In an op-ed article published by The New York Times, Feisal Abdul Rauf, the chairman of the Cordoba Initiative, offered his first public comments on the controversy surrounding the project, also called Park51. He has been out of the United States for two months, speaking about religious tolerance and cooperation, and said in the newspaper article that he and "nearly everyone" he met had "been awed by how inflamed and emotional the issue of the proposed community center has become."
"The level of attention reflects the degree to which people care about the very American values under debate: recognition of the rights of others, tolerance and freedom of worship," Rauf wrote.
"We are proceeding with the community center, Cordoba House. More important, we are doing so with the support of the downtown community, government at all levels and leaders from across the religious spectrum, who will be our partners. I am convinced that it is the right thing to do for many reasons."
Rauf said the community center "will amplify the multifaith approach that the Cordoba Initiative has deployed in concrete ways for years.""Our initiative is intended to cultivate understanding among all religions and cultures," he said.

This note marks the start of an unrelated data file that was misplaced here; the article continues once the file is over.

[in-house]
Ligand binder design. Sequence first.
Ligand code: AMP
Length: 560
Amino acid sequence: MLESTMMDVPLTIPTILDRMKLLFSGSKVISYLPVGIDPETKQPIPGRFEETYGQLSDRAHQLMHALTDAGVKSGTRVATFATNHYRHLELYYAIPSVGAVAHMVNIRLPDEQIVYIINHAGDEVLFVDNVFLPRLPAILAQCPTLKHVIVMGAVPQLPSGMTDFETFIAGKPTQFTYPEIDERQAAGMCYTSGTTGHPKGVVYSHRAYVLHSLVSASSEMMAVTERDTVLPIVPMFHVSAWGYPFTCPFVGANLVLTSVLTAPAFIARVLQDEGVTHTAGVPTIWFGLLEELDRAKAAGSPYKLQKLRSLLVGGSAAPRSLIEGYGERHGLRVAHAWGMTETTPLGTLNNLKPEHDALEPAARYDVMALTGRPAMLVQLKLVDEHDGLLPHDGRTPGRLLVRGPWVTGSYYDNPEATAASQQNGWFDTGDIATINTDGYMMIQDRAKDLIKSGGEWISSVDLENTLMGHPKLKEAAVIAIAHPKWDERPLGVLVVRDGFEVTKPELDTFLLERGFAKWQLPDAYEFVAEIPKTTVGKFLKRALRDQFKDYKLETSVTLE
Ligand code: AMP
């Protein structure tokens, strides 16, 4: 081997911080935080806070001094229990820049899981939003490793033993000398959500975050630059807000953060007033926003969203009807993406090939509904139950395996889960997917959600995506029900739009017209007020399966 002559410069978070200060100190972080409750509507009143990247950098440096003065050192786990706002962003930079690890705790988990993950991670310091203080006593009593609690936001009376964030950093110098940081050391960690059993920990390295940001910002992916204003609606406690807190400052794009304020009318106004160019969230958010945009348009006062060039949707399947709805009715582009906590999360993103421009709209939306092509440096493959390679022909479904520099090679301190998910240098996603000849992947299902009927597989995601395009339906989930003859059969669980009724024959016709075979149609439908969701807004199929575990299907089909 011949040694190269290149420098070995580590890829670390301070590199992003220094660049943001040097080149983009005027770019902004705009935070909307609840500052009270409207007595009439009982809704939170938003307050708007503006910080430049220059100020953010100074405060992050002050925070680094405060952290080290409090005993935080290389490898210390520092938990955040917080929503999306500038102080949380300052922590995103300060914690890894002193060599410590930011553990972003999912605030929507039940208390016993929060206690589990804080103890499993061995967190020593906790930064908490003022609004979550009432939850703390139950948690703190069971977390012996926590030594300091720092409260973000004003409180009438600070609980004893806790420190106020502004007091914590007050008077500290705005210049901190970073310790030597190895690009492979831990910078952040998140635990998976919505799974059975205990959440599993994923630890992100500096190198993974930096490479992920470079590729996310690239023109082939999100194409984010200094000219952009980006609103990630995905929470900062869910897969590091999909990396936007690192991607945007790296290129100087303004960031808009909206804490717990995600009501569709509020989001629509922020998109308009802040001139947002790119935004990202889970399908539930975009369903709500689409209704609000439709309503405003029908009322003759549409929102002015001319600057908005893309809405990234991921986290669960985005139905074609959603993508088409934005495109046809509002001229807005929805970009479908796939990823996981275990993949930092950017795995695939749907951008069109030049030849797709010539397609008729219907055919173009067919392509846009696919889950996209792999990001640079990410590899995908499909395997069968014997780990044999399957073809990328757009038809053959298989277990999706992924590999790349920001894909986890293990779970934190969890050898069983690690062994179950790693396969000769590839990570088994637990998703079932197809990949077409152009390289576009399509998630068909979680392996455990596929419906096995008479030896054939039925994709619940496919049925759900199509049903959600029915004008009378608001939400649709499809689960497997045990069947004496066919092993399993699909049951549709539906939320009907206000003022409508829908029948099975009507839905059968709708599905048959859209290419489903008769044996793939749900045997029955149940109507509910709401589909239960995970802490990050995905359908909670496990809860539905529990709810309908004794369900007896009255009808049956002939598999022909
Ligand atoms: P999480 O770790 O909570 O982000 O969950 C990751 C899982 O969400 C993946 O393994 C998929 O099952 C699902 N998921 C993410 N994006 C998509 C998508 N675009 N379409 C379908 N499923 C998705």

Rauf said the initative's "broader mission" is to "strengthen relations between the Western and Muslim worlds and to help counter radical ideology" and he said it was essential to confront polarizing issues rather than avoid them.
He said he is "very sensitive to the feelings" of survivors of victims of the Sept. 11, 2001, terrorist attack that took almost 3,000 lives and destroyed the World Trade Center twin towers.
"We will accordingly seek the support of those families, and the support of our vibrant neighborhood, as we consider the ultimate plans for the community center," Rauf said. "Our objective has always been to make this a center for unification and healing."